Diabetic eye disease: what is it?
People with diabetes may experience a variety of eye issues known as Diabetic retinopathy. These conditions include glaucoma, cataracts, and diabetic macular edema.
Diabetes can harm your eyes over time, resulting in blurry vision or even blindness.
Diabetic retinopathy comes in two different forms:
- Early Diabetic retinopathy: Nonproliferative diabetic retinopathy (NPDR), the more prevalent variety, is marked by the absence of new blood vessel growth (proliferating).
- Advanced Diabetic retinopathy: Proliferative diabetic retinopathy is a more severe form of retinopathy that can develop. This type results in the development of new, aberrant blood vessels in the retina as injured blood vessels close off. Because they are weak, these new blood vessels may bleed into the transparent jelly-like fluid that fills the center of your eye (vitreous).
Symptoms of Retinopathy
During the early stages of retinopathy, you might not experience any symptoms. As the situation worsens, you could get:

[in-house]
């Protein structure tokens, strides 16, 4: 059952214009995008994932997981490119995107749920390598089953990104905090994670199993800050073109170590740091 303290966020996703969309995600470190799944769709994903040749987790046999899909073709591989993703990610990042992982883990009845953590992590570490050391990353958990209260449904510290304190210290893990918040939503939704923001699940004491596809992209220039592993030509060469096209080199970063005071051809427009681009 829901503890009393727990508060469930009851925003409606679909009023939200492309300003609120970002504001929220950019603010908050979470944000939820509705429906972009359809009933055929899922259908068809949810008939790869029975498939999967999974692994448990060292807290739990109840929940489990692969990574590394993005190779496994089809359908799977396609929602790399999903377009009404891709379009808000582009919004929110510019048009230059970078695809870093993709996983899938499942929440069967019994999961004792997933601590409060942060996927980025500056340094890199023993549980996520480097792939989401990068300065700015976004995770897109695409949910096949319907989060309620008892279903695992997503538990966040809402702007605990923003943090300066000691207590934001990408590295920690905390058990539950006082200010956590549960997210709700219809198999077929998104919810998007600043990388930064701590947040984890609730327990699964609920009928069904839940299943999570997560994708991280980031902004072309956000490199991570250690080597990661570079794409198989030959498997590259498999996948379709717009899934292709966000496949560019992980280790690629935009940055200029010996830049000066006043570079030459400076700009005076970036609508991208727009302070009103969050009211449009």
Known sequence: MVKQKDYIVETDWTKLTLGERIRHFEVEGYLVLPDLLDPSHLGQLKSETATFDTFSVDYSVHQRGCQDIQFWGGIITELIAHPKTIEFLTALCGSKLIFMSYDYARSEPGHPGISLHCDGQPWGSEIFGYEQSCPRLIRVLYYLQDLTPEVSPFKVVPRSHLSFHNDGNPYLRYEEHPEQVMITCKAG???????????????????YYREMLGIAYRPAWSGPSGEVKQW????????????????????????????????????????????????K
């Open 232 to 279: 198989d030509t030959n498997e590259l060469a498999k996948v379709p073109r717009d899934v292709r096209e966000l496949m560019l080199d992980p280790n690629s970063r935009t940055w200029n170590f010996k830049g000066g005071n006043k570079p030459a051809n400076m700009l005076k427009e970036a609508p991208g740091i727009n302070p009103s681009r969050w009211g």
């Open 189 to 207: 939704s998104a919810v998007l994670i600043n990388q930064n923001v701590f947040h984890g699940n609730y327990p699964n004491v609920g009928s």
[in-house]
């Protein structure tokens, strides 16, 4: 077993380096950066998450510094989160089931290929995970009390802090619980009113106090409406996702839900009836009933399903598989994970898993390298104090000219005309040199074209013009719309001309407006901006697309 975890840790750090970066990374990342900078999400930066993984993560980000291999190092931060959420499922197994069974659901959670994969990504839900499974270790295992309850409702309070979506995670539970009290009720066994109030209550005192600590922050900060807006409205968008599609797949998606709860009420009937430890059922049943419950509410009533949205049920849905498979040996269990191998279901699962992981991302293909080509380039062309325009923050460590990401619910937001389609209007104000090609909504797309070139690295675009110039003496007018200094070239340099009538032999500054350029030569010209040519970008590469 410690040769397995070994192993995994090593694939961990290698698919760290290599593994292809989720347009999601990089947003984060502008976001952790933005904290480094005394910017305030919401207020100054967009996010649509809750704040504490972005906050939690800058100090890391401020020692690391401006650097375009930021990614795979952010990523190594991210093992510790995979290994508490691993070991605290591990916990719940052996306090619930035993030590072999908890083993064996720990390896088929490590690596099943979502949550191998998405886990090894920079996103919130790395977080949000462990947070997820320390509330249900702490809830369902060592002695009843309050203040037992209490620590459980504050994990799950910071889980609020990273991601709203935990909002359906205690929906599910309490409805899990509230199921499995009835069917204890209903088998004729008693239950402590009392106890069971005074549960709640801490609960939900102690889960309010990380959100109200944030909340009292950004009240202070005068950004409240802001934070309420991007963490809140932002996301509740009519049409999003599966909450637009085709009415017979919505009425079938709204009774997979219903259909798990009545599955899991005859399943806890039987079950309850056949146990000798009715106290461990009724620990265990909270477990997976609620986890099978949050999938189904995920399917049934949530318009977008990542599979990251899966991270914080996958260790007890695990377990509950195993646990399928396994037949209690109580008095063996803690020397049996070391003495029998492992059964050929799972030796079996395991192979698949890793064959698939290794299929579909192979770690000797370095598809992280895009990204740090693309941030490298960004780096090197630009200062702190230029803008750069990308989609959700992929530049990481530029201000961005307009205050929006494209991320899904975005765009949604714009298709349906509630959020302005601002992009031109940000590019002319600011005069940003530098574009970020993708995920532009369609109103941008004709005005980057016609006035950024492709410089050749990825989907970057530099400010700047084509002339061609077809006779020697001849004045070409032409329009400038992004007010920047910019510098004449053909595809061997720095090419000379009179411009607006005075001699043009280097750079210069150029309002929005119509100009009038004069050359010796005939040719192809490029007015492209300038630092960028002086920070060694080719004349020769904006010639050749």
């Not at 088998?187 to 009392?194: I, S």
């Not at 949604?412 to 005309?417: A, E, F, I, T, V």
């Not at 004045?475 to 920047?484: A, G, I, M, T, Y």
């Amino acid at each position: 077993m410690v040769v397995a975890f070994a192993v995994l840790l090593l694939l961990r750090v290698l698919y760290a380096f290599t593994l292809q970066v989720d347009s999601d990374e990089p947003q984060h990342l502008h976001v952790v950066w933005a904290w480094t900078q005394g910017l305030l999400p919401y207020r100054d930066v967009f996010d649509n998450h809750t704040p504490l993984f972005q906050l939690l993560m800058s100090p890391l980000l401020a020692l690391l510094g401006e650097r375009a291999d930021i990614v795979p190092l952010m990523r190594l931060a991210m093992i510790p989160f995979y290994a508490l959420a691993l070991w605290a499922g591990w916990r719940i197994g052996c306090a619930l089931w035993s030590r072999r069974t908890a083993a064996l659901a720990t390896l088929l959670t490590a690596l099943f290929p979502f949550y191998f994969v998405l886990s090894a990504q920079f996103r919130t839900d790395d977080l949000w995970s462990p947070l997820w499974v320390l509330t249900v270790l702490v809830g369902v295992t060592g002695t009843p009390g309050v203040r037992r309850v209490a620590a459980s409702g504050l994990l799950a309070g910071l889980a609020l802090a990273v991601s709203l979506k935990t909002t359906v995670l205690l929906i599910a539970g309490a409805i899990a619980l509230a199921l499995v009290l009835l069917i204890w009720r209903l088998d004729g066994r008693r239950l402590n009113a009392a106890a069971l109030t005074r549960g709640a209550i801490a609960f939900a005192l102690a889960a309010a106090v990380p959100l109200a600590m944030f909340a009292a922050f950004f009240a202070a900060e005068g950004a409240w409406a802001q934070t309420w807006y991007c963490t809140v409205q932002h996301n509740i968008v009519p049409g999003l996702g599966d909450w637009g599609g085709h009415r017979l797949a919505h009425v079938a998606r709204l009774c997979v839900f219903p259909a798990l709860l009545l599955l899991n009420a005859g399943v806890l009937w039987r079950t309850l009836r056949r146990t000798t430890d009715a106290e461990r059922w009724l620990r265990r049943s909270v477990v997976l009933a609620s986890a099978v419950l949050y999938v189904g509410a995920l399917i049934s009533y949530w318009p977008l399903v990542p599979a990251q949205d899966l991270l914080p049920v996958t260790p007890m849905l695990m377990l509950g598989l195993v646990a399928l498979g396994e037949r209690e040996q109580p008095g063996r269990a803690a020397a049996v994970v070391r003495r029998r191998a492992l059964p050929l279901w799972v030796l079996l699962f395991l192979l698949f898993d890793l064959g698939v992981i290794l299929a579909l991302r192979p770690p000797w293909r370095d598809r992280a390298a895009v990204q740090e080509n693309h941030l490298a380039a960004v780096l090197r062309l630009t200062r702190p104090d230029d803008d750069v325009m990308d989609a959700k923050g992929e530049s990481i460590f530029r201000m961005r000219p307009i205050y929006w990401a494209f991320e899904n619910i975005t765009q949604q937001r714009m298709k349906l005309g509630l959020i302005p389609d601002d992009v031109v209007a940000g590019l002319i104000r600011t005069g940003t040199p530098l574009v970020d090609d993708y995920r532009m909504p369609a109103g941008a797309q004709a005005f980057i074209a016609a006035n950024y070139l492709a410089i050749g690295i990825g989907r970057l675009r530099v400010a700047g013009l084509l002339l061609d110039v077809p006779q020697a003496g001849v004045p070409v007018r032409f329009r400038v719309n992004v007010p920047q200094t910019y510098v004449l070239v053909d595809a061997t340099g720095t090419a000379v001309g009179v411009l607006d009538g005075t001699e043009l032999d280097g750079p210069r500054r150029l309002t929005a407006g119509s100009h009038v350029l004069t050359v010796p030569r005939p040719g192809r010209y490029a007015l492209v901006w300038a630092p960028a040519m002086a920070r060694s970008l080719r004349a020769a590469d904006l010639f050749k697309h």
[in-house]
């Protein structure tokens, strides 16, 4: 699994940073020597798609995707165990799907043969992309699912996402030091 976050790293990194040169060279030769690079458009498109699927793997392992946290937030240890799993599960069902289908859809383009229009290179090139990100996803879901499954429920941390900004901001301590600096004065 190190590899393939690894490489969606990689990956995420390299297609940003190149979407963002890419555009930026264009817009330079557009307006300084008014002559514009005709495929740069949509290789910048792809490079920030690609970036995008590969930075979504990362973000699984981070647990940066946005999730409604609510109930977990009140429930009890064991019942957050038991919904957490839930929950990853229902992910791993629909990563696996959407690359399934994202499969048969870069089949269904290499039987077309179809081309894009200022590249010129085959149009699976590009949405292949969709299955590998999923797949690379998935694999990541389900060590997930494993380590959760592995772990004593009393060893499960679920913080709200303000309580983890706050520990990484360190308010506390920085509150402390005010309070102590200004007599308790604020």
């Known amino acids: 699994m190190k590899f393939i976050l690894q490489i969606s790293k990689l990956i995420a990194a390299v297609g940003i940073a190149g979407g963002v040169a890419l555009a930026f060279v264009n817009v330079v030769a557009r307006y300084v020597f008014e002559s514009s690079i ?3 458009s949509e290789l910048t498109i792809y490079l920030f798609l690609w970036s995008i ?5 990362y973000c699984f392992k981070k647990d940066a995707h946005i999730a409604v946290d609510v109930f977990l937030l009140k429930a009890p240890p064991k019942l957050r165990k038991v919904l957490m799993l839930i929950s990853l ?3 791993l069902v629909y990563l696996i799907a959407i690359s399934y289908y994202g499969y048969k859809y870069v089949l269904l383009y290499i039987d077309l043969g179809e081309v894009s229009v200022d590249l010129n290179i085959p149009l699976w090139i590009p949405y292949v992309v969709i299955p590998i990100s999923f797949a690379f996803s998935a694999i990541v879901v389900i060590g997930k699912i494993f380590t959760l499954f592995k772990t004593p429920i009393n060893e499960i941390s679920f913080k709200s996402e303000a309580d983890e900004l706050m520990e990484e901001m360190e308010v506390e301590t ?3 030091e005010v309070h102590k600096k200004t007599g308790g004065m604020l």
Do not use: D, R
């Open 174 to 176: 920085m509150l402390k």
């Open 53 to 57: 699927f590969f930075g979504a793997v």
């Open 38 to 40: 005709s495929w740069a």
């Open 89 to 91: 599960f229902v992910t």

- Blurred or fluctuating vision;
- spots or black threads floating in your field of vision (floaters)
- dark or empty patches in your field of vision
- vision loss
What is the DRSS score?
This scale can be used to describe the overall severity of the retinopathy as well as how the severity has changed over time. The American Academy of Ophthalmology states that DRSS scores are linked to a higher risk of proliferative DR (PDR).
When should I visit an eye doctor?
The best method to avoid losing your vision is to carefully control your diabetes. Even if your eyesight seems fine, get a yearly eye checkup with dilation if you have diabetes.
Your risk of retinopathy can rise if you already have diabetes or develop it during pregnancy (gestational diabetes). Your eye doctor may advise further eye exams throughout your pregnancy if you’re expecting.
If your eyesight suddenly changes or becomes cloudy, spotty, or blurry, call our best eye doctor straight away.
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